BWOASA: Our first taste of yer actual Watney’s beer

This really was a big moment. We’ve tasted clones, read plenty, and written a lot, but we’ve never actually tasted Watney’s beer.

We’ve been cor­re­spond­ing on and off with Tom Unwin for years. He grew up near Jess and we inter­viewed his Dad, Trevor, for Brew Bri­tan­nia. When Tom came into pos­ses­sion of sev­er­al bot­tles of a strong ale pro­duced by Watney’s in 1987 to cel­e­brate the sup­posed 500th anniver­sary of the found­ing of the Mort­lake brew­ery.

(You can read the inevitable Mar­tyn Cor­nell take­down of that sto­ry here.)

We set aside a lit­tle time to enjoy the expe­ri­ence of drink­ing this beer, 137ml each, even though we sus­pect­ed it was going to be rank. After all, Watney’s beer wasn’t well regard­ed even when fresh, and this had been stored for 30+ years in a sub­ur­ban side­board.

The label told us that the beer had an orig­i­nal grav­i­ty of between 1096 and 1104 – quite a range, giv­ing us a hint that it was prob­a­bly around 10–11% ABV.

Pop­ping the foil cov­ered cap, we were treat­ed to the barest hiss, and found the inside of the lid cov­ered in rusty sludge. It had a slight, bub­bly head that drift­ed away in sec­onds.

There was a whiff of roast­ed malt, we thought, or per­haps even smoke, and then a big punch of sher­ry.

It tastes like Pedro Ximénez – raisins, prunes, a bit of bal­sam­ic vine­gar. There was also an almond nut­tin­ness and a lay­er of dark choco­late.

Run­ning through all of this, stop­ping it from quite being out-and-out pleas­ant to drink, was a beefy, Mar­mite line.

If you’ve read any oth­er tast­ing notes on old beers, none of the above will be sur­pris­ing. We prob­a­bly could have writ­ten them before we even opened the bot­tle.

Still, it was spe­cial, and an expe­ri­ence we can now tick off our wish list.

Watney’s Red Barrel – how bad could it have been?

You can’t have cops without robbers, or Batman without the Joker, and so the story of the revitalisation of British beer needs its bad guys too. Enter Watney’s.

Watney’s (or Wat­ney Mann, or Wat­ney Combe Reid) was the Evil Cor­po­ra­tion which sought to crush plucky small brew­ers and impose its own ter­ri­ble beer on the drink­ing pub­lic. It acquired and closed beloved local brew­eries, and it closed pubs, or ruined them with clum­sy makeovers.

Its Red Bar­rel was par­tic­u­lar­ly vile – a sym­bol of all that was wrong with indus­tri­al brew­ing and nation­al brands pushed through cyn­i­cal mar­ket­ing cam­paigns.

This, at least, was the accept­ed nar­ra­tive for a long time, formed by the pro­pa­gan­da of the Cam­paign for Real Ale in its ear­ly years, and set hard through years of rep­e­ti­tion.

But does it stand up to scruti­ny? What if, con­trary to every­thing we’ve heard, Red Bar­rel was actu­al­ly kind of OK?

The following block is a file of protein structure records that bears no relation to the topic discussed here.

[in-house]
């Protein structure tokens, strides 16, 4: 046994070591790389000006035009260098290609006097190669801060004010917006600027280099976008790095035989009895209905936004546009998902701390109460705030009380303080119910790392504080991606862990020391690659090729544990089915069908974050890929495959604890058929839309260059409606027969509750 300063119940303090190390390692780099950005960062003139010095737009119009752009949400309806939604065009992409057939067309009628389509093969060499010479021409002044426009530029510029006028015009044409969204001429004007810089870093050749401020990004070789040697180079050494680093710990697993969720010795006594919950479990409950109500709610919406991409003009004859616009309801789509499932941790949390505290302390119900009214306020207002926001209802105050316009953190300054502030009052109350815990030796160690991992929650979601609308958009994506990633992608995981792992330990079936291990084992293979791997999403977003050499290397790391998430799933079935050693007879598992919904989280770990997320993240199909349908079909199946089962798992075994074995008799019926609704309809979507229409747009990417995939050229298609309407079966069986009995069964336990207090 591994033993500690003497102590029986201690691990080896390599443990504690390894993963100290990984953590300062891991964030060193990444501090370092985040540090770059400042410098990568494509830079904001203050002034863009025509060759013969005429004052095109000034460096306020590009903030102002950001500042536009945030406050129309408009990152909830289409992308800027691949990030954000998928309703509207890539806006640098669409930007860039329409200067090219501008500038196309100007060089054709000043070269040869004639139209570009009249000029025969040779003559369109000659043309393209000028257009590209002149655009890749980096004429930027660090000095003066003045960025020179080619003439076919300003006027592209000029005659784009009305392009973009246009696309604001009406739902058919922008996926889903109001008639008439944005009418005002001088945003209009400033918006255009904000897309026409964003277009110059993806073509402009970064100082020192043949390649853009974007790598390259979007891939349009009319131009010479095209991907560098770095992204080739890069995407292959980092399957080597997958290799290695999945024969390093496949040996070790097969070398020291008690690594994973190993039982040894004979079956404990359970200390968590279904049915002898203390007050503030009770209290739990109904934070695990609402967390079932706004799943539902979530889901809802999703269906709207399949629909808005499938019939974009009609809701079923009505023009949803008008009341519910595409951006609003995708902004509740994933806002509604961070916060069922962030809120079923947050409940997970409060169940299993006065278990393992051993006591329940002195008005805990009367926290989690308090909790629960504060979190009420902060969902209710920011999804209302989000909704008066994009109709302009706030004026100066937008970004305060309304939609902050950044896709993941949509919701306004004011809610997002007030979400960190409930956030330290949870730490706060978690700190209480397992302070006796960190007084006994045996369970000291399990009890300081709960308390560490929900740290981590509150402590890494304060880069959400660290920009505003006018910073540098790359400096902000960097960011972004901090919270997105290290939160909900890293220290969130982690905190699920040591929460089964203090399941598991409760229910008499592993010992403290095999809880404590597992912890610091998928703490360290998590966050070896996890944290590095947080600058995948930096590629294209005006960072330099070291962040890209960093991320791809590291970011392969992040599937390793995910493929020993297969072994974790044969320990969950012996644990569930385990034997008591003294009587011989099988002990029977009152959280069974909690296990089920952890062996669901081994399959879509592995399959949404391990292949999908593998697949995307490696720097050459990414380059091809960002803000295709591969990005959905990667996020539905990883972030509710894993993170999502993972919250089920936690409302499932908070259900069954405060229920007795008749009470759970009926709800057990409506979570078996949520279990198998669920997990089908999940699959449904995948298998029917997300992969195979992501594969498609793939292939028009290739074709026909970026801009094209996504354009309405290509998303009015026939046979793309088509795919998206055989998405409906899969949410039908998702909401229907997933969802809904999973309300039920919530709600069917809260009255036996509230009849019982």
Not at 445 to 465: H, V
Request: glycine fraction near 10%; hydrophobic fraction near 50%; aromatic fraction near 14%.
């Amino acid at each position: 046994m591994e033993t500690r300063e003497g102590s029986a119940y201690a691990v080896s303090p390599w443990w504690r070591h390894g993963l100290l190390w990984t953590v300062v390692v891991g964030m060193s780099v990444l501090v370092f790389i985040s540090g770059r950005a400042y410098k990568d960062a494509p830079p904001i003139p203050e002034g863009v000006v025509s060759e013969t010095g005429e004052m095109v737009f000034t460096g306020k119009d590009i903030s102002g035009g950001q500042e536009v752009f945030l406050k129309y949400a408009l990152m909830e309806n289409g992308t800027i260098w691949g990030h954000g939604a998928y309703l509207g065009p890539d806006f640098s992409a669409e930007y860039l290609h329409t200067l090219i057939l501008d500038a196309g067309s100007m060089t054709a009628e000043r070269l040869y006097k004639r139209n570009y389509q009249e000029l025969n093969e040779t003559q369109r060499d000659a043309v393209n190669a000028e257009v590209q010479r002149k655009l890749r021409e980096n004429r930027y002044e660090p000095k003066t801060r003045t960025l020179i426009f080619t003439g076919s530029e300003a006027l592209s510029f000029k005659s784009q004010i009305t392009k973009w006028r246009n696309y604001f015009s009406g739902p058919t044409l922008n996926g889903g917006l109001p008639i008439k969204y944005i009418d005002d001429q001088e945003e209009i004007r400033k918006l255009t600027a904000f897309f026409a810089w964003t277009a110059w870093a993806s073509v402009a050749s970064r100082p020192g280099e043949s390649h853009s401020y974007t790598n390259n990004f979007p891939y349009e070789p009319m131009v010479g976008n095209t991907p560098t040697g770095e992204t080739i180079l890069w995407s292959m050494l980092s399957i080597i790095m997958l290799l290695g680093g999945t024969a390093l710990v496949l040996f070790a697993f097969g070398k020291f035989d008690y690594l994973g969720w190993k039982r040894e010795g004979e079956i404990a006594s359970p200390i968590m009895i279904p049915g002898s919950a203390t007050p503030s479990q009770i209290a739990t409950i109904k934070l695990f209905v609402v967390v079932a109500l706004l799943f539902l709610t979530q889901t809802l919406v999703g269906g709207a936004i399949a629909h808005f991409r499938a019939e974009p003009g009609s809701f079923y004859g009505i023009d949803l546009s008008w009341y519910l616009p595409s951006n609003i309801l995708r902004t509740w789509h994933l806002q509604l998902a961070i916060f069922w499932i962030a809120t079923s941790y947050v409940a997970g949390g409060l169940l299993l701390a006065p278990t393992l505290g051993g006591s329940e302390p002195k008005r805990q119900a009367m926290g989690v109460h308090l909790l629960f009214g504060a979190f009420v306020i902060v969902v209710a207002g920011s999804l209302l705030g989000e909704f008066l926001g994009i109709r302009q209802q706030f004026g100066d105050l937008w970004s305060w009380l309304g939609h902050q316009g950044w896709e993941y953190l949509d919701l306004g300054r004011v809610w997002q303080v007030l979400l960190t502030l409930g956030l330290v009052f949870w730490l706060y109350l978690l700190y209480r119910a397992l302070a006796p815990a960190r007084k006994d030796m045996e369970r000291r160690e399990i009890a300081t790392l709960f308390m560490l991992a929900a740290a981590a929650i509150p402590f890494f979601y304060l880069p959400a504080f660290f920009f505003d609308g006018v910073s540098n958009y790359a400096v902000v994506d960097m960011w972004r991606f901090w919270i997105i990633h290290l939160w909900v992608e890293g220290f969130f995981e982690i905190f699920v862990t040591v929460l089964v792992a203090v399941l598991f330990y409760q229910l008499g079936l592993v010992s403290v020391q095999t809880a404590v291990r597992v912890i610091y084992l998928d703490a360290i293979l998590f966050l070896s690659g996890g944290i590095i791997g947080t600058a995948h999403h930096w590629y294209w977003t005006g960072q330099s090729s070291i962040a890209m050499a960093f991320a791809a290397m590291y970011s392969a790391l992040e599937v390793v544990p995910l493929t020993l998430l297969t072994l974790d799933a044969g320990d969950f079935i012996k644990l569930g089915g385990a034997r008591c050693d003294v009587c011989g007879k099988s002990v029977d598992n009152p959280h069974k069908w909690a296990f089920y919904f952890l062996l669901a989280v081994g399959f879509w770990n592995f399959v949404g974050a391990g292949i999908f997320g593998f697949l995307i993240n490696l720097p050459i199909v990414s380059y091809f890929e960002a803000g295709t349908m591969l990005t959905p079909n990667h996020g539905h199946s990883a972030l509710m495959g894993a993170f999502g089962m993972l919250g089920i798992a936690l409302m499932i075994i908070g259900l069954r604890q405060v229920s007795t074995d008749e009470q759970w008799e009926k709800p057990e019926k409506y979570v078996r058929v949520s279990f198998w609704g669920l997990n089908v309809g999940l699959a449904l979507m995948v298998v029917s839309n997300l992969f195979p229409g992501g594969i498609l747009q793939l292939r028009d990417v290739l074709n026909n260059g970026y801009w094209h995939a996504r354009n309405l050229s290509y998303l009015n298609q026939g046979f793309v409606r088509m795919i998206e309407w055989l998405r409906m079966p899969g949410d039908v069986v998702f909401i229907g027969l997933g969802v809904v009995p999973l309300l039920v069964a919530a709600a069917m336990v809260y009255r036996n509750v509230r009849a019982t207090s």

This long post was made pos­si­ble by the kind sup­port of Patre­on sub­scribers like Matthew Turn­bull and David Sim, whose encour­age­ment makes us feel less daft about spend­ing half a week­end work­ing on stuff like this. Please con­sid­er sign­ing up, or just buy us a pint.

Con­tin­ue read­ing “Watney’s Red Bar­rel – how bad could it have been?”

Watney’s Pubs of 1966–67: Failsworth, Harlington, Lambeth, Stevenage, Wythenshawe

We continue to keep our eyes peeled for old in-house magazines from British breweries and most recently acquired a copy of Watney’s Red Barrel from February 1967.

It’s par­tic­u­lar­ly rich in pic­tures of mod­ern pubs, from Man­ches­ter to Lon­don. Let’s start with a trip to Wythen­shawe, a place we stud­ied in some depth when research­ing 20th Cen­tu­ry Pub, where we find the Fly­ing Machine and the Fir­bank.

The Fly­ing Machine was designed by Fran­cis Jones & Sons and built near Man­ches­ter Air­port, with “inte­ri­or dec­o­ra­tion fea­tur­ing vin­tage air­craft with some attrac­tive prints of biplanes”. Is it still there? Yes! But now it’s called the Tudor Tav­ern.

The Fir­bank was designed by A.H. Broth­er­ton & Part­ners and that’s about all the infor­ma­tion the mag­a­zine gives. That con­crete mur­al looks inter­est­ing, at any rate. The pub is still going, and award-win­ning, but has been the cen­tre of dra­ma in recent years with drug deal­ers attempt­ing to black­mail the pub­li­can.

The Brookdale, Failsworth.

Sad­ly there’s no exte­ri­or image of the Brook­dale in Failsworth, only this image of S.H. Thread­g­ill, M.D. of Watney’s sub­sidiary Wilson’s, receiv­ing a pint pulled by foot­baller Bob­by Charl­ton. This pub has been knocked down to make way for hous­ing.


The Long Ship pub in Stevenage.

The Danish Bar at the Long Ship pub.

Phwoar! The Long Ship in Steve­nage is a pub we first noticed in the back­ground of a scene in the 1968 film Here We Go Round the Mul­ber­ry Bush. It was the first Wat­ney Mann pub in the Hert­ford­shire new town and occu­pied the base of the South­gate House office block.

It has a real­ly inter­est­ing archi­tec­tur­al pedi­gree: that great gor­geous mur­al is by William Mitchell, a sculp­tor cur­rent­ly enjoy­ing a revival. It was six­ty feet long and depict­ed Vikings return­ing to their home­land after a raid on Eng­land. Sad­ly it seems this mur­al was just torn off and chucked away when the pub was demol­ished.

Obvi­ous­ly the bars in the pub were the Viking bar and (pic­tured above) the Dan­ish lounge and grill room.

The archi­tect was Barnard Reyn­er of Coven­try.


The Gibraltar pub near Elephant & Castle in London.

The Gibral­tar in St George’s Road, Lon­don SE1, near Ele­phant and Cas­tle, also has a name design­er attached: archi­tect E.B. Mus­man, who made his name with grand Art Deco designs in the 1930s, such as the Comet at Hat­field and the Nags Head in Bish­ops Stort­ford. It replaced a Vic­to­ri­an gin palace on the same site. Mus­man actu­al­ly went to Gibral­tar to make the sketch­es on which the sign was based.

In recent years it became a Thai restau­rant before being demol­ished in 2012–13 to make way for, you guessed it, yup­pie flats.

Interior of the Jolly Marshman, Abbey Estate, London SE2.

Still in Lon­don we have the Jol­ly Marsh­man on the Abbey Estate, Lon­don SE2. There’s no exte­ri­or shot in the mag­a­zine, only this image of the bar with “bas­ket­work light shades and, cen­tre back, the colour­ful mur­al of a ‘marsh­man’”. It was designed by J. Barnard of L.D. Tom­lin­son & Part­ners.  It has gone.